I apologize for doubting. I apologize for being a Cosby apologist. I apologize to Janice Dickinson and all the women I’ve been so flippant and dismissive and callous and cruel toward. I’m sorry for my appalling ignorant insensitivity.

Mostly though I’m sorry for aiding and abetting a sexual predator.

I wanted to believe in the myth of Bill Cosby. Letting go of what I thought I respected and admired for even longer was harder than I thought it would and it hurts. This is something very hard for me as a Black man to say to White people. It hurts to lose a Black success story. There are so many Black failures and fuck-ups rubbed under your nose in that you yearn for and look long and hard for a brother who seems to be doing it right.

Cosby wasn’t just the first leading man on television.  He was one of the funniest comedians ever.  He proved it for decades on television, on film and onstage.   He championed jazz music, a genre near and dear to my heart.  Cosby didn’t forget his roots as he gave back to Black colleges with endowments and financial support.   Education was a cause he and his wife Camille championed.   What was there not to like about the man?

As it turns out, plenty.   But it was all whispers and shadows.   Easily ignored and easily dismissed as spurned women or calculating starlets trying to shake some dollars out of a Black hero with deep pockets.    Even as the numbers of women coming forward grew and changed, what stayed the same was their stories.   A young woman meets, an older and powerful man who seems to have an interest in their career or just a good time and he’s glad to help, but first drink this.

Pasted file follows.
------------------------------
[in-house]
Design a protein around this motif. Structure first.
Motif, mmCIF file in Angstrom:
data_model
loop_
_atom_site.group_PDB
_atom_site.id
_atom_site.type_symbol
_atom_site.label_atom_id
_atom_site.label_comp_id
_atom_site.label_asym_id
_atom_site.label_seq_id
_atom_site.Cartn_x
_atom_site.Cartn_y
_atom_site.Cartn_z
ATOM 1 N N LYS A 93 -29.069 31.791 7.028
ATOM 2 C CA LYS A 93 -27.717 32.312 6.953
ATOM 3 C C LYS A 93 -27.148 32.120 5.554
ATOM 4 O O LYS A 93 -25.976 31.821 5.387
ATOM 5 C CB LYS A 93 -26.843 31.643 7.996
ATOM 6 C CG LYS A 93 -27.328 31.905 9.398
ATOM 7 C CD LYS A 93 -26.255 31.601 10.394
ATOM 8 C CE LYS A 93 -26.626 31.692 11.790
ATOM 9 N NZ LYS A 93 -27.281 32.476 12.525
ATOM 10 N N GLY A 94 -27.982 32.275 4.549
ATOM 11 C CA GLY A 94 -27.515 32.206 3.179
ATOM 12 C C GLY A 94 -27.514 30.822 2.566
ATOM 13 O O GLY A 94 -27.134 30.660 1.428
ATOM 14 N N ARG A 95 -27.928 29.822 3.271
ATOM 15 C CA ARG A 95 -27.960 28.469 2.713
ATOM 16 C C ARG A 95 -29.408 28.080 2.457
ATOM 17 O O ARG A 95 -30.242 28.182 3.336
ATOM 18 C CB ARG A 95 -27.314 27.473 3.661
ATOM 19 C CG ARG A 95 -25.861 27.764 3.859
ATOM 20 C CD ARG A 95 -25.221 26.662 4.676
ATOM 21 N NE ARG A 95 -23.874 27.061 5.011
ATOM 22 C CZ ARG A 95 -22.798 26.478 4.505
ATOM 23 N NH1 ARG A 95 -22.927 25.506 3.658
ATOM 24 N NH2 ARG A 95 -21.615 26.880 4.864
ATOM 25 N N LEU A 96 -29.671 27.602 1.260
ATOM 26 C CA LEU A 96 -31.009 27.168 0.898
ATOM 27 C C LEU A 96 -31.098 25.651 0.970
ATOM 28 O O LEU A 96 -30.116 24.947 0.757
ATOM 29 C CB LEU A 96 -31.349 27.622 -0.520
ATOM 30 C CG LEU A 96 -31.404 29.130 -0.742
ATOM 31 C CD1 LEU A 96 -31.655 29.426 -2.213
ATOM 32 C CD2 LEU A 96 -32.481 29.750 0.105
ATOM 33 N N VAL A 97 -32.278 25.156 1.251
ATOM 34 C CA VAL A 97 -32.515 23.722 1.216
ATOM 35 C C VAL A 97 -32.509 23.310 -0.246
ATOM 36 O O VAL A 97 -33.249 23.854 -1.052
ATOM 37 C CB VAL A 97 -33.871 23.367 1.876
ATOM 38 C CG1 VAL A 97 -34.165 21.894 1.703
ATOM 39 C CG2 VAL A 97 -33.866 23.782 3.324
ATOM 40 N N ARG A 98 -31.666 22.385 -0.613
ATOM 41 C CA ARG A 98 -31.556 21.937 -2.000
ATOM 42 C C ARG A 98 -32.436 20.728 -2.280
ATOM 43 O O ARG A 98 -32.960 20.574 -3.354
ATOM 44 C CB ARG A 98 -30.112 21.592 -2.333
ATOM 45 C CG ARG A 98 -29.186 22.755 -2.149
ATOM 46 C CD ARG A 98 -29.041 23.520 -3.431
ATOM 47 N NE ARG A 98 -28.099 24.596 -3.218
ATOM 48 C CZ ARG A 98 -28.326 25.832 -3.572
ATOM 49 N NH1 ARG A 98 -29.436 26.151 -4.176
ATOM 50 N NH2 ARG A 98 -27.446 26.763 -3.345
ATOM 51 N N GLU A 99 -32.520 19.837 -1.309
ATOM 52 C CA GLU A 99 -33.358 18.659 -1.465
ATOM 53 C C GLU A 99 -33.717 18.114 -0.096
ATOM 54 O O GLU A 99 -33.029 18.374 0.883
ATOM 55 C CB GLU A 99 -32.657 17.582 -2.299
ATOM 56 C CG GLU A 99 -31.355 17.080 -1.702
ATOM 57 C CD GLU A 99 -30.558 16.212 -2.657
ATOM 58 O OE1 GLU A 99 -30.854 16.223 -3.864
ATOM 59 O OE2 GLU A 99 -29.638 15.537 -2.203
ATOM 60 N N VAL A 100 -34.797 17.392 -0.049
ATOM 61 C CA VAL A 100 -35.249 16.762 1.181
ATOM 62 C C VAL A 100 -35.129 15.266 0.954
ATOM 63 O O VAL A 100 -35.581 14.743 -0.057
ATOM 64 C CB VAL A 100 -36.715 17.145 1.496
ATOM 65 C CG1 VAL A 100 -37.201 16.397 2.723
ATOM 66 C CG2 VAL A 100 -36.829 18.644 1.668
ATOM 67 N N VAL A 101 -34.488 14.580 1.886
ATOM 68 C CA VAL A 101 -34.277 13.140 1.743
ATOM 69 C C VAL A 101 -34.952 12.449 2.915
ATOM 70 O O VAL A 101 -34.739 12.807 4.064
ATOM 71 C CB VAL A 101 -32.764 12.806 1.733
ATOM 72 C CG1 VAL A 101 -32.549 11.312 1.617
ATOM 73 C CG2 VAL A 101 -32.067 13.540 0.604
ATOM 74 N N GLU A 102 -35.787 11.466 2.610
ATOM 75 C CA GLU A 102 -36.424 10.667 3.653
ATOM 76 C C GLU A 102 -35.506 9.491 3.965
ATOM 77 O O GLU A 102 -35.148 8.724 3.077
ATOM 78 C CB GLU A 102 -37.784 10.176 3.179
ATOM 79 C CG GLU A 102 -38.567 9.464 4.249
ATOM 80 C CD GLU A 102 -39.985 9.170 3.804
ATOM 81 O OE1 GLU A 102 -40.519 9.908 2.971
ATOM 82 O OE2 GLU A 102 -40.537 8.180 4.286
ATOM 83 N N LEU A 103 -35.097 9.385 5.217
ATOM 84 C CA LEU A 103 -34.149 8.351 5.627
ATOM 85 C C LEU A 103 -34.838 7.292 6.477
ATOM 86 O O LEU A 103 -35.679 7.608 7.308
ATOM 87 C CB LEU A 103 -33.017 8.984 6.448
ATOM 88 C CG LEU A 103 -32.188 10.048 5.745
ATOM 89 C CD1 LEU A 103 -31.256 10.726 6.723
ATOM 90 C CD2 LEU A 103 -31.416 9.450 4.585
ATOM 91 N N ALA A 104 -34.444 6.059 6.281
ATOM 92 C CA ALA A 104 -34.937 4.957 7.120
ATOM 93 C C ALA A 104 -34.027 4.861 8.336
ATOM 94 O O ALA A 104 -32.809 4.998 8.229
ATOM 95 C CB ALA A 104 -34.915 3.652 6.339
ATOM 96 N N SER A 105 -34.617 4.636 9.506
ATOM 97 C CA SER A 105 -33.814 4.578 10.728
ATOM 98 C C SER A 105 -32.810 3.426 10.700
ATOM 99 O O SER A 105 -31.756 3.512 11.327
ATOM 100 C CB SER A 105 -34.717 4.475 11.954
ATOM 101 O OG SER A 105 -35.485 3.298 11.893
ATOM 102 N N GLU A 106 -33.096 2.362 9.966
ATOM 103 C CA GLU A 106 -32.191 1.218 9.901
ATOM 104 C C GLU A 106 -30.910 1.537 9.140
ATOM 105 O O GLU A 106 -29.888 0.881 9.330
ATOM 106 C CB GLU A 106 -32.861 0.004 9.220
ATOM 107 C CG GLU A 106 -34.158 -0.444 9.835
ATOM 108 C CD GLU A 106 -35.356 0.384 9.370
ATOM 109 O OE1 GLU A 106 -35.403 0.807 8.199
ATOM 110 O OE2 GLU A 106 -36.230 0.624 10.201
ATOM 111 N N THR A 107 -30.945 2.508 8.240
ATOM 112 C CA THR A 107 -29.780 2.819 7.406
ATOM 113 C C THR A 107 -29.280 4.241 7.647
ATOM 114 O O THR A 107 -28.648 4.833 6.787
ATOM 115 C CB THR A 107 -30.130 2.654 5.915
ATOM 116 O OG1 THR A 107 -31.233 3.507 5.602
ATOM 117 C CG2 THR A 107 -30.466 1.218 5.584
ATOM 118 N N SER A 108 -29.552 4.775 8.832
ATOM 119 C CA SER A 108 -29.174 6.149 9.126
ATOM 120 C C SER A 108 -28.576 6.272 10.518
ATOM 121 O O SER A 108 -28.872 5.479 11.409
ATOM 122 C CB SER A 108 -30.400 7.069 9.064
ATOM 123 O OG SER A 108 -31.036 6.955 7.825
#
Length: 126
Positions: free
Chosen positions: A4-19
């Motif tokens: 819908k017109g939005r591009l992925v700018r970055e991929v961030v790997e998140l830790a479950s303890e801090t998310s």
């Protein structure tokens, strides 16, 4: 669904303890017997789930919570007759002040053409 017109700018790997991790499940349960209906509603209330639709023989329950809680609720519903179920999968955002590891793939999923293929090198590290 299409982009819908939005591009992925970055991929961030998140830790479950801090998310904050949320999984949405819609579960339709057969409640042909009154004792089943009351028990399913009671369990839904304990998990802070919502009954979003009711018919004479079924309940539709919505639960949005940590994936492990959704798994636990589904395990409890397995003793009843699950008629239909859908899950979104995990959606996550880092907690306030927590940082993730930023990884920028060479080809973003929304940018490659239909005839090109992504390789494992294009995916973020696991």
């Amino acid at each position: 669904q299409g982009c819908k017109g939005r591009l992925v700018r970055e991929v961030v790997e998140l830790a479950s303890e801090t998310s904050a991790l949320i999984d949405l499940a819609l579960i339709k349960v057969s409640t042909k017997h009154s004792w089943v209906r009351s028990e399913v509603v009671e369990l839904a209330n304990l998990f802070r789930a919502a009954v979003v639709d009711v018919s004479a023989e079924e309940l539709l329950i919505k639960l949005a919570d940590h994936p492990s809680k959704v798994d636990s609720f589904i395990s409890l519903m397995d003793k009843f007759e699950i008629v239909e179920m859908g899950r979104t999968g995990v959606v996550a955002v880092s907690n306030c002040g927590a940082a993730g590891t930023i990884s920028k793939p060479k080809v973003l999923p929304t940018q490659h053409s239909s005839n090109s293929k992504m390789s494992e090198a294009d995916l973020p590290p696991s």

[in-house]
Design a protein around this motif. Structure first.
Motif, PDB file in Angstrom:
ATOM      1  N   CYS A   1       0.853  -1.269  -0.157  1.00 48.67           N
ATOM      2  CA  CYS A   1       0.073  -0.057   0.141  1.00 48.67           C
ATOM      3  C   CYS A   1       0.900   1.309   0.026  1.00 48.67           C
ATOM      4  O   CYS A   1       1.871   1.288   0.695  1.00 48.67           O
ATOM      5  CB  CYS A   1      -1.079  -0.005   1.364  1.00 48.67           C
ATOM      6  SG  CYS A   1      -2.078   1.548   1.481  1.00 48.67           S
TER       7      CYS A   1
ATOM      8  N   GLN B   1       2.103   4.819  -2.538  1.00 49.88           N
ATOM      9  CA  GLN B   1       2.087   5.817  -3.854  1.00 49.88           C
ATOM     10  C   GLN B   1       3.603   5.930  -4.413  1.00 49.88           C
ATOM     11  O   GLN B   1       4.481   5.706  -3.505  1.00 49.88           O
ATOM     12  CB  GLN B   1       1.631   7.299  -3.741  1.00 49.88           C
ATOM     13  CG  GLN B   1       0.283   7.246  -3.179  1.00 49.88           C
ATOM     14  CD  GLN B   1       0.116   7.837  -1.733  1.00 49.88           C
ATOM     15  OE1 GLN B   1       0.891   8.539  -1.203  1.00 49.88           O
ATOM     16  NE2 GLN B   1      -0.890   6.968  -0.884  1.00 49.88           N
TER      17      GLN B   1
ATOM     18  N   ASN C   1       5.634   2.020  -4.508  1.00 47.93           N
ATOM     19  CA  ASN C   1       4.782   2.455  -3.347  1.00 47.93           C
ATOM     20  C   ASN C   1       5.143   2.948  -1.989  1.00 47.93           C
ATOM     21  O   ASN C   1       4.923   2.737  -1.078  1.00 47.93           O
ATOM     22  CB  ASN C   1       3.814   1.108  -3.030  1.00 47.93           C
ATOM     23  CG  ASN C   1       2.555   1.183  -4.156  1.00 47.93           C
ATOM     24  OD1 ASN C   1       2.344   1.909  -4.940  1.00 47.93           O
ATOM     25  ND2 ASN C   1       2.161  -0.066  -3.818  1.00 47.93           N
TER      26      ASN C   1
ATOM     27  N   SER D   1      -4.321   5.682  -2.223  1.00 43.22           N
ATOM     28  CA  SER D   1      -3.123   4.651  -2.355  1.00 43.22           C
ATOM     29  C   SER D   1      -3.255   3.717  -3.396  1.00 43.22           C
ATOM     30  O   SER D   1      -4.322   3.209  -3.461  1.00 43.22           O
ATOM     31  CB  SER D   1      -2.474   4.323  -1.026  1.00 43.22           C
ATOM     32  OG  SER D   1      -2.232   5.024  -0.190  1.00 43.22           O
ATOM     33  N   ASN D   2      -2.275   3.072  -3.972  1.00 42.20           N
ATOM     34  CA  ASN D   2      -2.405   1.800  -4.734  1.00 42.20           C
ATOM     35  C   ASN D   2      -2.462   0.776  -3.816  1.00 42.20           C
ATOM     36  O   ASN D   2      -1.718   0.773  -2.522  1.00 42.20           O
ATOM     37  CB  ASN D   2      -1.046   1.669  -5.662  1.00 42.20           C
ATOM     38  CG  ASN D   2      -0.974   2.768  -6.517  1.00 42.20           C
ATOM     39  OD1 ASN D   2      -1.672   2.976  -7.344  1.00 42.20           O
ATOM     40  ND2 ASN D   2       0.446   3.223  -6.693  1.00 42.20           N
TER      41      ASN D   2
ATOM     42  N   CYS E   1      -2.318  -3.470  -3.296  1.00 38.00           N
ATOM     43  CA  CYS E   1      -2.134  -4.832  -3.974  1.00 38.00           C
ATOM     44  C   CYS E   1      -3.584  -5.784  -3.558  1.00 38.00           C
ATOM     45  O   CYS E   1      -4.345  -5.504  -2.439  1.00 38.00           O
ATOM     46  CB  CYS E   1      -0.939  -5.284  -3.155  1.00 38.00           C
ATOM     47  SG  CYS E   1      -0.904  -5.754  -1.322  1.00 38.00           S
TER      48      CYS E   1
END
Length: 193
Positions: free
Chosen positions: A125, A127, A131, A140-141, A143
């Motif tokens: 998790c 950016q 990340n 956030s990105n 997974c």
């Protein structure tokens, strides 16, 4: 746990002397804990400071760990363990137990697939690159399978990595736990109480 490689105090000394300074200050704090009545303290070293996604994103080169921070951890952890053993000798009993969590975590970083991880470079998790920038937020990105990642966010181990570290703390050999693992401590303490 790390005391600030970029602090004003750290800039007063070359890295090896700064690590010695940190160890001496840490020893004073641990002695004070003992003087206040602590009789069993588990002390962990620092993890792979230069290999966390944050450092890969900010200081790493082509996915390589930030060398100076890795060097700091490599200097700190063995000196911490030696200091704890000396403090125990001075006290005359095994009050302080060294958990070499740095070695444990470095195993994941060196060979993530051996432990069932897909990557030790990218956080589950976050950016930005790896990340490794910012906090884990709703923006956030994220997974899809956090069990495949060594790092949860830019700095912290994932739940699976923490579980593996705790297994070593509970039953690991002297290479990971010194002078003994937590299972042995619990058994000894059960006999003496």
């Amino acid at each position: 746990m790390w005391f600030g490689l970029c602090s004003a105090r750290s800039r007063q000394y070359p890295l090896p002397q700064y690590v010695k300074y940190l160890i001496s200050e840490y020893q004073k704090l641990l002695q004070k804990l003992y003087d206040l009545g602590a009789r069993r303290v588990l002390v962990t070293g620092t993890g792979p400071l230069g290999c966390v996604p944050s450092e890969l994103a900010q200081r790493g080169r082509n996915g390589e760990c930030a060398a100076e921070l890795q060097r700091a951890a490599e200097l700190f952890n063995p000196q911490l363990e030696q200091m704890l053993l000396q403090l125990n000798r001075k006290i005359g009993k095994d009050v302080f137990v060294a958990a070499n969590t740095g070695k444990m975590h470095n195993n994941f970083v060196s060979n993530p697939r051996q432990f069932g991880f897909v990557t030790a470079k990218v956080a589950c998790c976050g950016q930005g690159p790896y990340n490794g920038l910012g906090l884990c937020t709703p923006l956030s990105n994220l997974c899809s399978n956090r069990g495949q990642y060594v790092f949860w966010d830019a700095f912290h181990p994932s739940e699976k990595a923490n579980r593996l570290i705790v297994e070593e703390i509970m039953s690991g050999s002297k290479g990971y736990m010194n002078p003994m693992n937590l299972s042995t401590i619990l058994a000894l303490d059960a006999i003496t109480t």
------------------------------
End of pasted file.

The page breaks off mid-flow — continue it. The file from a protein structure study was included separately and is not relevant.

He kept us all in the dark.

Until  Johnson came forward it was possible to rationalize why Cosby was remaining stolidly silent.   Until Beverly Johnson came forward it was conceivable to invent scenarios to explain away the allegations.   Until Beverly Johnson came forward it was possible to keep up, however dim, some small hope Cosby might not have been guilty of the terrible things the women were saying he had done.

Beverly Johnson cancelled all that.  No more lies or alibis.  No more illusions.   This is not a conspiracy.  This is not mass hysteria.   This is it.   It’s over for Bill Cosby.

It hurts to lose a man you’ve admired. It hurts to lose someone who was a father figure. It hurts like hell.  But my father wasn’t a rapist. My father was not Bill Cosby.

It hurts me to say I’m sorry to anyone I offended, outraged or disappointed. It hurts, but it would hurt more not to say five little words: Bill Cosby is a rapist.

It hurts to type those words.   It would hurt more not to.

Deconstructing Cosby

No more excuses for The Cos.

I didn’t plan of writing about Bill Cosby today. I really didn’t. I had another post almost done, but I need to get this out first and then maybe I’ll be finished with it. Somebody compared Cosby’s swift fall from grace to that of another beloved icon: Michael Jackson. That’s a pretty apt comparison with one huge difference, I accepted early on Jackson probably was a serial pedophile. I didn’t want to believe it but I could not not believe it.

I’m having a bit more difficulty with Bill Cosby: Serial Rapist.

I watched a few old Cosby routines on You Tube with my wife today. We laughed at the same jokes we had laughed at before. I wasn’t the biggest fan of The Cosby Show. Too many precocious kids and ugly ass sweaters for me, but in my parents home Thursday nights at 8:00 were set aside for the latest in life with The Huxtables and don’t you dare call for the next 30 minutes.